DarkLotusICP4life More than 1 year ago
one very seriously lame and boring movie!!!!!!!!!!!!!!!!!!!!!!!!!!!!!!!!!!!!!!!!!!!!!!!!!!!
Heavy_Metal_Sushi More than 1 year ago
I was not previously familiar with this title, but after having seen it in the red box and with the cast that was in it, it seemed like it might be a pretty decent watch, so I went ahead and rented it. I was not quite sure what to think about it at first, because it was a little slow getting started, almost borderline dull to a degree, but it didn't take long for it to pick up. It actually started getting rather funny & quarky, and there was also this Chinese American guy that came in at one point during the movie that was pretty hilarious. Aside from being funny, it is also fairly emotional in a several parts, and the end of this movie is rather touching. Jennifer Aniston, Steve Zahn, Woody Harrelson, Margo Martindale, and Fred Ward were great in this...the whole cast did fairly well in fact. If you like comedy & romance, definitely give this one a try. I think you'll like it.
Katertot More than 1 year ago
I usually enjoy romantic comedies to a point but they almost all have the same plot and get a little tiresome after a while...I gave this movie a chance and though the plot is redundant as per usual, what made this movie great was the performances by Jennifer Aniston, Steve Zahn, Woody Harrelson, and James Liao. They were not bland characters at all like some rom-coms and I found myself laughing out loud at Steve Zahn's character's awkwardness in some scenes. I later watched Zahn in another role and he was completely made me quite impressed with his acting skills. He and Jennifer are a good couple (in the movie) as they aren't two people you would probably think to put together. All in all, I really liked this movie as it brought a lot of great comedy and talent to what would otherwise be a bland story.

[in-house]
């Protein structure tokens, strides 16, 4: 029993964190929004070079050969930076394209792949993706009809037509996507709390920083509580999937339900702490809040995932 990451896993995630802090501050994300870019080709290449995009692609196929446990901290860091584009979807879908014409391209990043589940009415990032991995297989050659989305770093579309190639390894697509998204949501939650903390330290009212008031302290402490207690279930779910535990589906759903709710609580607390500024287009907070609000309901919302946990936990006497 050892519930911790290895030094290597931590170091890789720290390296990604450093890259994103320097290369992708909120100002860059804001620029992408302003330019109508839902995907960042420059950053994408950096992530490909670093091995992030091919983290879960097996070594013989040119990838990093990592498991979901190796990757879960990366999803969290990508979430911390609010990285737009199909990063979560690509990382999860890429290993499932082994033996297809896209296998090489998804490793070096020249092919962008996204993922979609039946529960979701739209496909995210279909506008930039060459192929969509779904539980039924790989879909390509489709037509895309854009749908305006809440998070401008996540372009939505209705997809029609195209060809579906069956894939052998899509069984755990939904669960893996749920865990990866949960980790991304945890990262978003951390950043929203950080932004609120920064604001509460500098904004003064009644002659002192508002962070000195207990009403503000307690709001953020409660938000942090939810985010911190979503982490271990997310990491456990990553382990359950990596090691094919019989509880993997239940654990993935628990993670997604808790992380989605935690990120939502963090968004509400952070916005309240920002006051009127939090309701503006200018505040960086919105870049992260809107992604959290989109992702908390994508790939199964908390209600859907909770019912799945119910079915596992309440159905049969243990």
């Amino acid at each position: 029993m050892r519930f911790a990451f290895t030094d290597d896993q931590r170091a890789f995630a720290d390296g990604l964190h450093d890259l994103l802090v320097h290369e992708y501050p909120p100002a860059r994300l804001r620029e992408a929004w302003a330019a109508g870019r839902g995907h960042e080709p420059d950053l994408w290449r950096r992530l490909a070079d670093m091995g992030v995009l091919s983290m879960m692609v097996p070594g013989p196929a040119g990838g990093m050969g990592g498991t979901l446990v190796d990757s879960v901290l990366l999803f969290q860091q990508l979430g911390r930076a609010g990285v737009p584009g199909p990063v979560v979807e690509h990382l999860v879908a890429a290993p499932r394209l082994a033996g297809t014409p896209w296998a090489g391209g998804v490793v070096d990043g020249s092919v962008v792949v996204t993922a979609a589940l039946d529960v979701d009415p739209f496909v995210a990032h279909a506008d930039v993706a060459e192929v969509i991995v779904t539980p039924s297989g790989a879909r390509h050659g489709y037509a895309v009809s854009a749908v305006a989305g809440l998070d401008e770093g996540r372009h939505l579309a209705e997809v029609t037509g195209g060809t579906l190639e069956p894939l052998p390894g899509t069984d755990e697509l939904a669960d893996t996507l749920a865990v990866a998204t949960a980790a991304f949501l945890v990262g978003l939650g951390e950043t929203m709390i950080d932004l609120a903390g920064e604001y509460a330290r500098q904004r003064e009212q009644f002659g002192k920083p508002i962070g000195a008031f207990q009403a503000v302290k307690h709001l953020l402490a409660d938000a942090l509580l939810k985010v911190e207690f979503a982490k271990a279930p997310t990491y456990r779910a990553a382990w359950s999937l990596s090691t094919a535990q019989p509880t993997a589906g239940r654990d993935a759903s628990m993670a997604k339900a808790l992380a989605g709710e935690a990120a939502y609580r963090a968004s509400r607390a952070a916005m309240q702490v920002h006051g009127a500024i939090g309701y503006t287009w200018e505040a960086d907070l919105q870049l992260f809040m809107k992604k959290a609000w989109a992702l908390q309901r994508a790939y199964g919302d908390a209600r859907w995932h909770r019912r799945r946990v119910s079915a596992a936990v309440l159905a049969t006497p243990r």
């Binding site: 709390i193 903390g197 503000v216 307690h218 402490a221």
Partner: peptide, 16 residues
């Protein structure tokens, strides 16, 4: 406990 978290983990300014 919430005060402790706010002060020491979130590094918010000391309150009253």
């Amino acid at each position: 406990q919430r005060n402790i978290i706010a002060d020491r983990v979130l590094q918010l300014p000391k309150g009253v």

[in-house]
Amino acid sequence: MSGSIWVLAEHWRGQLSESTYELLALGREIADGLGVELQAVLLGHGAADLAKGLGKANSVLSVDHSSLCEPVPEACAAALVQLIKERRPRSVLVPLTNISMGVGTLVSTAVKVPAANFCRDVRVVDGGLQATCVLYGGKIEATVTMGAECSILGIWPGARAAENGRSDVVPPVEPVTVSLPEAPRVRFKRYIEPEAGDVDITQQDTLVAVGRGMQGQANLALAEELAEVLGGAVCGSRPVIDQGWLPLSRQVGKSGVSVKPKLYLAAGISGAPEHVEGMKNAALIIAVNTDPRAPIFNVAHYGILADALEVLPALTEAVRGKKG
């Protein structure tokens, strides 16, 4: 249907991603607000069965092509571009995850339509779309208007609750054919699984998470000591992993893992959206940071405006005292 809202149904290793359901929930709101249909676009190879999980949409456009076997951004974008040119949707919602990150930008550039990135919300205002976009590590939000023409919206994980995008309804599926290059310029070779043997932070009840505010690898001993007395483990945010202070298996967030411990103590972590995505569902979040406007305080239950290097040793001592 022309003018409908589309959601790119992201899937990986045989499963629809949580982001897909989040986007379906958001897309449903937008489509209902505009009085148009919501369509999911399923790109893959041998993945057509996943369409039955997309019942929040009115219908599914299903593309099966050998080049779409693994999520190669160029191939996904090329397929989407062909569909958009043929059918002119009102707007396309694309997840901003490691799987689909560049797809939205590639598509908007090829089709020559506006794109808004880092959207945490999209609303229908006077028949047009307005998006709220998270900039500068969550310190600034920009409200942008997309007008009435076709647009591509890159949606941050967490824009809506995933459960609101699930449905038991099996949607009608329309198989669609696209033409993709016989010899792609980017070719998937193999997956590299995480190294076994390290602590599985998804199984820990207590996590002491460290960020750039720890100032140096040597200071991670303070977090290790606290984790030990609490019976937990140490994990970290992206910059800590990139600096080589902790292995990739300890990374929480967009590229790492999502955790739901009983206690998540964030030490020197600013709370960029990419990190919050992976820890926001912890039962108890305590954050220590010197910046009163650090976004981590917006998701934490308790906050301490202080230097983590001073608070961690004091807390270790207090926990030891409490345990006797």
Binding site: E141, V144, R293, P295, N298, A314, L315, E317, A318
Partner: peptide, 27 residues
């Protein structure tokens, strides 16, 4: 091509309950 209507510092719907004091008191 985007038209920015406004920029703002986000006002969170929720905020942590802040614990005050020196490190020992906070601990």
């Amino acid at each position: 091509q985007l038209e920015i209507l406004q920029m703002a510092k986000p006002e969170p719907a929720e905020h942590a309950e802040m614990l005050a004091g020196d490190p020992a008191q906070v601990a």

JCWilkerson More than 1 year ago
Mike (Steve Zahn) is the night manager at a small motel owned by his parents (Margo Martindale and Fred Ward). One night a traveling saleswoman, Sue (Jennifer Aniston), stops by for a night's stay while she attends meetings in Arizona, and Mike is immediately smitten. Originally creeped out by Mike's advances, Sue decides to throw him a bone before she leaves to go back to Maryland. Mike can't get enough of Sue, and proceeds to buy a one way ticket to visit her in Maryland. In 2009 we saw the wrong way to make a romantic stalker comedy with All About Steve, but before that playwright and screenwriter Stephen Belber offered up Management. Having worked as a writer in residence at Juliard as well as having received commissions from Manhattan Theater Club, Playwrights Horizons, the Hungtington Theater, Arena Stage, and Philadelphia Theater Company he seemed like the perfect choice to write and helm this type of semi-romantic comedy. Add to that the charm of Steve Zahn and Jennifer Aniston and it would seem that you would have a sure-fire hit. Unfortunately, you'd be wrong. Not to say that the movie's bad, but it unfortunately bombed at the box office. To be honest, the quirkiness of this movie isn't for everyone, but the natural charm of Steve Zahn makes his slight bit of creepiness palpable. But Stephen Belber fleshes out his characters making their actions more understandable at times when you'd typically be asking, "What's going on here?" And while you might still find yourself saying that at times in the movie, but as you move further through the narrative you find more of the motivation for their actions. The acting is pretty good, which has a lot to do with the likability of the actors. Steve Zahn hits the right note between creepy and sincere/naivete. Jennifer Aniston is better than I typically think she is as Mike's love interest, a girl with a bit of a complex for always helping people. The movie is stolen by a cameo in the second act by Woody Harrelson as Sue's on again off again boyfriend and ex-punk Jango. As always I'm amazed at how well a hippy can play a badass! As always though, Management is an indie movie that falls into that trap of most indie movies: quirkiness for the sake of being quirky. While Steve Zahn plays his role very well and makes him believable, the writing doesn't do much for the character making him simply too naïve and too much of a simpleton. Also, at first, you can't really read Aniston's character at the beginning of the movie, and her choice to sleep with Mike seems off-putting and can turn off viewers early on. I did enjoy this movie, but I do really think that it's not really for everyone. It's a decent movie, and I recommend it if you feel the inclination. Not quite good enough to be apart of my collection, but worth a viewing. 3/5